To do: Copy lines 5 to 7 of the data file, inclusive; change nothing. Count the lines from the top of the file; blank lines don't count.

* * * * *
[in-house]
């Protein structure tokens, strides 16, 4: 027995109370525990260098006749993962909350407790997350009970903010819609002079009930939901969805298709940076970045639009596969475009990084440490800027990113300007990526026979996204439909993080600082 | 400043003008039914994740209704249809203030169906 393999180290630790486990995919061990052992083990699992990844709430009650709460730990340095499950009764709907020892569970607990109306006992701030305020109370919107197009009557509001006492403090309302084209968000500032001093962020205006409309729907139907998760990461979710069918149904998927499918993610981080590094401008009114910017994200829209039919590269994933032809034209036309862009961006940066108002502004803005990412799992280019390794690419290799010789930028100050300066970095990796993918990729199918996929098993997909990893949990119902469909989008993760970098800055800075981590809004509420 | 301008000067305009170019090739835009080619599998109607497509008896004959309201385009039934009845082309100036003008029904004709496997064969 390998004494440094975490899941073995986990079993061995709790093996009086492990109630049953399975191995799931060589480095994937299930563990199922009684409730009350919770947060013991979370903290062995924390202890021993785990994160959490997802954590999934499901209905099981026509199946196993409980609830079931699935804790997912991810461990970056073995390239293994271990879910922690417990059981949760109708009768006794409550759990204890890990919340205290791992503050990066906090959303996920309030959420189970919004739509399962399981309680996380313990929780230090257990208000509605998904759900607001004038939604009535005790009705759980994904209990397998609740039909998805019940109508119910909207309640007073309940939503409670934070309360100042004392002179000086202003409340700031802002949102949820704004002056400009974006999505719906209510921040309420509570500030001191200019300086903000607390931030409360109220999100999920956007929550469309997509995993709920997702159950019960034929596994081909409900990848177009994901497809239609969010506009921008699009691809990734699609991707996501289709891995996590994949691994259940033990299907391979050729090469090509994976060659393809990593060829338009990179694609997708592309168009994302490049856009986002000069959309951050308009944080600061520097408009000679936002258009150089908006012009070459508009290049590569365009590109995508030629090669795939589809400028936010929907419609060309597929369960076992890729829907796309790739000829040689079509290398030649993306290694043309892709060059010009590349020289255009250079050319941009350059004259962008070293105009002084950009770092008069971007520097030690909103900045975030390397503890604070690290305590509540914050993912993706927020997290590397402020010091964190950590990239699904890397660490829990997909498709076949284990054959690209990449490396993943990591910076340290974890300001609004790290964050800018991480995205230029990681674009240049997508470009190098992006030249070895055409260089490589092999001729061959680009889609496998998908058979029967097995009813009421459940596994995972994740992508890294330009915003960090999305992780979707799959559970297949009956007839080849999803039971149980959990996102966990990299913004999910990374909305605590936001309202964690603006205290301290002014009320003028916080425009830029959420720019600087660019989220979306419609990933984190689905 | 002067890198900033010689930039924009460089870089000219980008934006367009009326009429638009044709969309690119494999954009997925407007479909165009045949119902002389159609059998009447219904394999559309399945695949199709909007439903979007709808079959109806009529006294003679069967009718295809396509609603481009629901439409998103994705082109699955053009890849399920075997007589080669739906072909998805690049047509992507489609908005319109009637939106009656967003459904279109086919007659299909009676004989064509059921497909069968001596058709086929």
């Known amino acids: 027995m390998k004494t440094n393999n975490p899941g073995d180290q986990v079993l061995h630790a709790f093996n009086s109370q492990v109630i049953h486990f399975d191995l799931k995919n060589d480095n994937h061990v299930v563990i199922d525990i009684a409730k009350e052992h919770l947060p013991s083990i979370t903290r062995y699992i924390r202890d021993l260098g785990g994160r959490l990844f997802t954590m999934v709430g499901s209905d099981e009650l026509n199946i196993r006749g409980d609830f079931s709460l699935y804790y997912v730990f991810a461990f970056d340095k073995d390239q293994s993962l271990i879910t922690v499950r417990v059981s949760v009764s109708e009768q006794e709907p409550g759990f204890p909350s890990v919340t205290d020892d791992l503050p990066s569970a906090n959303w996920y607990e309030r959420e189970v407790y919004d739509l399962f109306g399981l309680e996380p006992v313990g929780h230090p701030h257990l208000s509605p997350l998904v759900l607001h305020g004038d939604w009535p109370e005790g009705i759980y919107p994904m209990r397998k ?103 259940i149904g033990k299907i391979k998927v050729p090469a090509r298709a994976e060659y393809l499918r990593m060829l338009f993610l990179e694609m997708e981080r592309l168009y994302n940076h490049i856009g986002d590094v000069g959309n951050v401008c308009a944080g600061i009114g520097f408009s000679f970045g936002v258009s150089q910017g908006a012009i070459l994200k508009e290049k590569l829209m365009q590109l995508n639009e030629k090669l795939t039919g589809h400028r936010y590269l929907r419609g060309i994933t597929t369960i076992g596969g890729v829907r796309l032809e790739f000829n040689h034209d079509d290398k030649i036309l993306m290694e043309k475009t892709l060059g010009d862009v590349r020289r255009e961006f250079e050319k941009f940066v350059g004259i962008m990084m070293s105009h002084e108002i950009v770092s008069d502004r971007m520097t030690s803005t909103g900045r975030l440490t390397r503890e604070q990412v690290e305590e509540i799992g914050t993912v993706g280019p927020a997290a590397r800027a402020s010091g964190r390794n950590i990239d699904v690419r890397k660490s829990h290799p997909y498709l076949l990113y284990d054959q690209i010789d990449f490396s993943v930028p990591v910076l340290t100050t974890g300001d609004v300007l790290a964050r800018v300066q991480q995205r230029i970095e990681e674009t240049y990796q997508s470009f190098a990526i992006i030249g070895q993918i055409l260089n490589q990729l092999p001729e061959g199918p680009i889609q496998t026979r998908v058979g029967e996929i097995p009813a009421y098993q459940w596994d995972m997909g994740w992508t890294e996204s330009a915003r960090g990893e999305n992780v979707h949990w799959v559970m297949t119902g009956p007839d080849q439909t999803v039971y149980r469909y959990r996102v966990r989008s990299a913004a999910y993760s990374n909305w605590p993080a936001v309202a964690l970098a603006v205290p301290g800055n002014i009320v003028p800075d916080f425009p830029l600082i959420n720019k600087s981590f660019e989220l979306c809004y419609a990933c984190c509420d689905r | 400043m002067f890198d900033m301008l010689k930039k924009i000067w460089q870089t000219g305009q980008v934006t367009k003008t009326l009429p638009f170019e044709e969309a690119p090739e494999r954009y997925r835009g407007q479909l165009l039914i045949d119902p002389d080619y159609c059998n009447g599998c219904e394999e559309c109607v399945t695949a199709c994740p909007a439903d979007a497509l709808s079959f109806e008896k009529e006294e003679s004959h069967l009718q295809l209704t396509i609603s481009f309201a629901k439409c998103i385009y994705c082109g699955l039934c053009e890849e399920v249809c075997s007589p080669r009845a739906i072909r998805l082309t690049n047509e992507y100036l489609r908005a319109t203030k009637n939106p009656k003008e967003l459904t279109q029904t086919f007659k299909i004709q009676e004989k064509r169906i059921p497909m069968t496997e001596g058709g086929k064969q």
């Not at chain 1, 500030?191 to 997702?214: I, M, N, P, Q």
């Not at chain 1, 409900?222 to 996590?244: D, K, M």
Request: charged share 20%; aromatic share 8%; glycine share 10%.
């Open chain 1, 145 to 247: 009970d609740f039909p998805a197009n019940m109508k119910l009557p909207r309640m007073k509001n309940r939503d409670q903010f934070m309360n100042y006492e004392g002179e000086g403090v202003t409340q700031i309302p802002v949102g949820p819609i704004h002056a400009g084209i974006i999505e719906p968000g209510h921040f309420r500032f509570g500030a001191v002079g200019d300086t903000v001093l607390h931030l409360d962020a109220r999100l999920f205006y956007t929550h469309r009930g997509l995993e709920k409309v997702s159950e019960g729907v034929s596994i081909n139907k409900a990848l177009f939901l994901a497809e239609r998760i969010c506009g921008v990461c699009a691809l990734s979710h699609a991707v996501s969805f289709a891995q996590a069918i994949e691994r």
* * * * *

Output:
């Not at chain 1, 409900?222 to 996590?244: D, K, M």
Request: charged share 20%; aromatic share 8%; glycine share 10%.
């Open chain 1, 145 to 247: 009970d609740f039909p998805a197009n019940m109508k119910l009557p909207r309640m007073k509001n309940r939503d409670q903010f934070m309360n100042y006492e004392g002179e000086g403090v202003t409340q700031i309302p802002v949102g949820p819609i704004h002056a400009g084209i974006i999505e719906p968000g209510h921040f309420r500032f509570g500030a001191v002079g200019d300086t903000v001093l607390h931030l409360d962020a109220r999100l999920f205006y956007t929550h469309r009930g997509l995993e709920k409309v997702s159950e019960g729907v034929s596994i081909n139907k409900a990848l177009f939901l994901a497809e239609r998760i969010c506009g921008v990461c699009a691809l990734s979710h699609a991707v996501s969805f289709a891995q996590a069918i994949e691994r």